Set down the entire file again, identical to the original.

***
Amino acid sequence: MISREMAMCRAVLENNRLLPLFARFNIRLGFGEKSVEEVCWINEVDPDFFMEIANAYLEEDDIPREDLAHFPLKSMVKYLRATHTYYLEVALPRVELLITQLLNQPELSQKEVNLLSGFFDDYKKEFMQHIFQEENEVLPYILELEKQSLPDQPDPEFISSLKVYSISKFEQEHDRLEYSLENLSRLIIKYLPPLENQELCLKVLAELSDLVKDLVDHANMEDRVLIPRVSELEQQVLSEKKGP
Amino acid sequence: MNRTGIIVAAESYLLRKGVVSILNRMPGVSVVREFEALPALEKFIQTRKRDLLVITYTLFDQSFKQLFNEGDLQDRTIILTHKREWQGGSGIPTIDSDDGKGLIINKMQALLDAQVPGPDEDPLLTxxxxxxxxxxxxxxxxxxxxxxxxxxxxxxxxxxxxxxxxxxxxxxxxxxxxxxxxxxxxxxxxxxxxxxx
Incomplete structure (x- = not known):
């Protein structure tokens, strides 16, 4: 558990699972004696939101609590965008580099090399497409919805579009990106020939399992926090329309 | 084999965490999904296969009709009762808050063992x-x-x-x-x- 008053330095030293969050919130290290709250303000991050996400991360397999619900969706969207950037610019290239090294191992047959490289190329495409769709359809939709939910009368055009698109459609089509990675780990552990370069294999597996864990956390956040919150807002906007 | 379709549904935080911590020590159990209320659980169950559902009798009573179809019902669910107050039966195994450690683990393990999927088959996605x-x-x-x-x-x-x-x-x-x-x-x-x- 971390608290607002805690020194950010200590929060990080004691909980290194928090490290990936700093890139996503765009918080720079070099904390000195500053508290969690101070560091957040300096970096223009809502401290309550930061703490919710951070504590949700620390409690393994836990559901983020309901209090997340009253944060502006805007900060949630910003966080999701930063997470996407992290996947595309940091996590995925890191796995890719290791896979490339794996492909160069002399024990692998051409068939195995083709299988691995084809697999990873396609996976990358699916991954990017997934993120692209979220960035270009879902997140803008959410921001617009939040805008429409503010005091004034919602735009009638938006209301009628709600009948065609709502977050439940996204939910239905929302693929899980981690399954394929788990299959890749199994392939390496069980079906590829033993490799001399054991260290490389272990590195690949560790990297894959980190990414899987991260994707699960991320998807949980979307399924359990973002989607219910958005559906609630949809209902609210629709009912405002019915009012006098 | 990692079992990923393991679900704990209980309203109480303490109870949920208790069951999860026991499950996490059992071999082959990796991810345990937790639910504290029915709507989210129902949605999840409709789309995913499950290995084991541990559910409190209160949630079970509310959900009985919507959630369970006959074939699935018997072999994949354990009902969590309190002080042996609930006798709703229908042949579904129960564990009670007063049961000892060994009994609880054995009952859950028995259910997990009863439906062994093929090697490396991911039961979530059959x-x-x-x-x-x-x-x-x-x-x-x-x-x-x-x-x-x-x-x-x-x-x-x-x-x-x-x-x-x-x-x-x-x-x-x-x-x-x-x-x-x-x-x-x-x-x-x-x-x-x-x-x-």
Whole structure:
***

Amino acid sequence: MISREMAMCRAVLENNRLLPLFARFNIRLGFGEKSVEEVCWINEVDPDFFMEIANAYLEEDDIPREDLAHFPLKSMVKYLRATHTYYLEVALPRVELLITQLLNQPELSQKEVNLLSGFFDDYKKEFMQHIFQEENEVLPYILELEKQSLPDQPDPEFISSLKVYSISKFEQEHDRLEYSLENLSRLIIKYLPPLENQELCLKVLAELSDLVKDLVDHANMEDRVLIPRVSELEQQVLSEKKGP
Amino acid sequence: MNRTGIIVAAESYLLRKGVVSILNRMPGVSVVREFEALPALEKFIQTRKRDLLVITYTLFDQSFKQLFNEGDLQDRTIILTHKREWQGGSGIPTIDSDDGKGLIINKMQALLDAQVPGPDEDPLLTxxxxxxxxxxxxxxxxxxxxxxxxxxxxxxxxxxxxxxxxxxxxxxxxxxxxxxxxxxxxxxxxxxxxxxx
Incomplete structure (x- = not known):
């Protein structure tokens, strides 16, 4: 558990699972004696939101609590965008580099090399497409919805579009990106020939399992926090329309 | 084999965490999904296969009709009762808050063992x-x-x-x-x- 008053330095030293969050919130290290709250303000991050996400991360397999619900969706969207950037610019290239090294191992047959490289190329495409769709359809939709939910009368055009698109459609089509990675780990552990370069294999597996864990956390956040919150807002906007 | 379709549904935080911590020590159990209320659980169950559902009798009573179809019902669910107050039966195994450690683990393990999927088959996605x-x-x-x-x-x-x-x-x-x-x-x-x- 971390608290607002805690020194950010200590929060990080004691909980290194928090490290990936700093890139996503765009918080720079070099904390000195500053508290969690101070560091957040300096970096223009809502401290309550930061703490919710951070504590949700620390409690393994836990559901983020309901209090997340009253944060502006805007900060949630910003966080999701930063997470996407992290996947595309940091996590995925890191796995890719290791896979490339794996492909160069002399024990692998051409068939195995083709299988691995084809697999990873396609996976990358699916991954990017997934993120692209979220960035270009879902997140803008959410921001617009939040805008429409503010005091004034919602735009009638938006209301009628709600009948065609709502977050439940996204939910239905929302693929899980981690399954394929788990299959890749199994392939390496069980079906590829033993490799001399054991260290490389272990590195690949560790990297894959980190990414899987991260994707699960991320998807949980979307399924359990973002989607219910958005559906609630949809209902609210629709009912405002019915009012006098 | 990692079992990923393991679900704990209980309203109480303490109870949920208790069951999860026991499950996490059992071999082959990796991810345990937790639910504290029915709507989210129902949605999840409709789309995913499950290995084991541990559910409190209160949630079970509310959900009985919507959630369970006959074939699935018997072999994949354990009902969590309190002080042996609930006798709703229908042949579904129960564990009670007063049961000892060994009994609880054995009952859950028995259910997990009863439906062994093929090697490396991911039961979530059959x-x-x-x-x-x-x-x-x-x-x-x-x-x-x-x-x-x-x-x-x-x-x-x-x-x-x-x-x-x-x-x-x-x-x-x-x-x-x-x-x-x-x-x-x-x-x-x-x-x-x-x-x-």
Whole structure: